Jorgia Bordofsky was in the vanguard of the civil rights movement in 1961 and it changed her life. By having granddaugthers Aniela, left, and Sophia accompany her to a 50th anniversary reunion of the Freedom Riders, she hopes the experience has changed theirs. "You felt like you were hearing real history, like life and death," she says. Credit: Valorie Smith / Noozhawk photo

Fifty years ago, Jorgia Bordofsky was arrested and sent to prison. Rather than regretting the circumstances of her incarceration, she was inspired by them.

Today, she’s well-known in Santa Barbara as a registered nurse and Lamaze-certified childbirth educator. Perhaps less well known is the role she played in America’s civil rights movement.

Jorgia Siegel Bordofsky was a 19-year-old UC Berkeley student when she was arrested and booked into jail in Jackson, Miss., on June 20, 1961, during the civil rights-era Freedom Rides.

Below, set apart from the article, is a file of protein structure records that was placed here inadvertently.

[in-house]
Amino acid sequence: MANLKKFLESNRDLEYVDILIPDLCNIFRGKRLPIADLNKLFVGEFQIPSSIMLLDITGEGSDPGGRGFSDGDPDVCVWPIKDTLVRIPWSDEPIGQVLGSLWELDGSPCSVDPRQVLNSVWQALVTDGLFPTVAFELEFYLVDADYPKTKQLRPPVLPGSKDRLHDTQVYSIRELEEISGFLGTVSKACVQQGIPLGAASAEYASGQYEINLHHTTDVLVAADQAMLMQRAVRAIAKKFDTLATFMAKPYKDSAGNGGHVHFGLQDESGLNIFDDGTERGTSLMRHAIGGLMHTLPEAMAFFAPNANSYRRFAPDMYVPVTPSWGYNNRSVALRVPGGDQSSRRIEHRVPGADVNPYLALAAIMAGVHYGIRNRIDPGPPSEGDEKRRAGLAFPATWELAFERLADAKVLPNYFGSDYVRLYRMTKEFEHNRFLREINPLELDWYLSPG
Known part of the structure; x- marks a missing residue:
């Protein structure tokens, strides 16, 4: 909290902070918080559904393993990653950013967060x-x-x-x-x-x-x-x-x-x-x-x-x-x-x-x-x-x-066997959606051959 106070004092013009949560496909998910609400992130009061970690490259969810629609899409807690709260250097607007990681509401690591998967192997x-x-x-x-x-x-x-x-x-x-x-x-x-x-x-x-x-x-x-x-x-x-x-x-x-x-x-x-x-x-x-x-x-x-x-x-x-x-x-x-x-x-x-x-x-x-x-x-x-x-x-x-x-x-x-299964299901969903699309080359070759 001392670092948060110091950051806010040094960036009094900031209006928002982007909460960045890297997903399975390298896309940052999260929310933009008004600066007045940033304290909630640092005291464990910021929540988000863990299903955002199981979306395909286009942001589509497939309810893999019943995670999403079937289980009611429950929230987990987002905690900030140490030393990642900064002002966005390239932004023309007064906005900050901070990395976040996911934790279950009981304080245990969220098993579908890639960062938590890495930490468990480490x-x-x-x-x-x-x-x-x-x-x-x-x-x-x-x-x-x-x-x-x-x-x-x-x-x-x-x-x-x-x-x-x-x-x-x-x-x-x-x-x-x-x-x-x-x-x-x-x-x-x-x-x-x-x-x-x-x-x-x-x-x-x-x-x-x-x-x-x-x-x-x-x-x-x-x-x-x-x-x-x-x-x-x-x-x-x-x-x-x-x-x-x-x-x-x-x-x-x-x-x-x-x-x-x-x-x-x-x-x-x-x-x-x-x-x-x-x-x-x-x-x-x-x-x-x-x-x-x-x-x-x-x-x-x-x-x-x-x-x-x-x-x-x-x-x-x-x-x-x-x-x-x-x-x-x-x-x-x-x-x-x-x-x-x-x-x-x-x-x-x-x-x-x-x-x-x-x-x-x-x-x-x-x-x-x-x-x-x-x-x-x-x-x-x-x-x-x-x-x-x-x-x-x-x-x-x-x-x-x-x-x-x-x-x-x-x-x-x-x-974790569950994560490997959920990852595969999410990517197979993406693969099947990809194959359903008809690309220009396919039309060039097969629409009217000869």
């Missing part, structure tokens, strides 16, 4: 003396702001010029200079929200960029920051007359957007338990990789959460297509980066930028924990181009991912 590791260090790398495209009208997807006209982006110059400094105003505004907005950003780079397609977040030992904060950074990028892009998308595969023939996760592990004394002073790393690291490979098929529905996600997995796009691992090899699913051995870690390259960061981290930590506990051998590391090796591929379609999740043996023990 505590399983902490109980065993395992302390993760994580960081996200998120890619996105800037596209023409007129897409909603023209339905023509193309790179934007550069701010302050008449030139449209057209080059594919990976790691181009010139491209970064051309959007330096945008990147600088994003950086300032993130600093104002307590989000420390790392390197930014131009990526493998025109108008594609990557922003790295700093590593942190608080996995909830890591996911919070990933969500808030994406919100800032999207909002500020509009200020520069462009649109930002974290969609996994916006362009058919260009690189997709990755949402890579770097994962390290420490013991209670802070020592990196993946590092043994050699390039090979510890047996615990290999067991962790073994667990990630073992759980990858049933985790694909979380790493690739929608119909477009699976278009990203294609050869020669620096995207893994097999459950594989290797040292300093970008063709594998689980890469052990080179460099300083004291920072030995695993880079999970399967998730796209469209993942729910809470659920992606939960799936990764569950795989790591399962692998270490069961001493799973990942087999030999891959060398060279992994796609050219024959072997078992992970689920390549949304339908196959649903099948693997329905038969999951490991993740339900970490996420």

Jorgia Siegel Bordofsky was a 19-year-old UC Berkeley student when she was arrested and booked into jail in Jackson, Miss., on June 20, 1961, during the civil rights-era Freedom Rides. (Bordofsky family photo)

In the summer of 1961, Bordofsky — then a 19-year-old UC Berkeley student named Jorgia Siegel — was one of 450 Freedom Riders arrested in Jackson, Miss. Charged with the crime of “breach of the peace” (i.e. traveling on a train alongside black people), she spent 40 days locked up in the maximum-security wing of the Mississippi State Penitentiary known as Parchman Farm.

This year marks the 50th anniversary of the Freedom Riders, a historical movement of civil disobedience in which activists set out to challenge segregation laws and the status quo by riding various forms of public transportation in the South.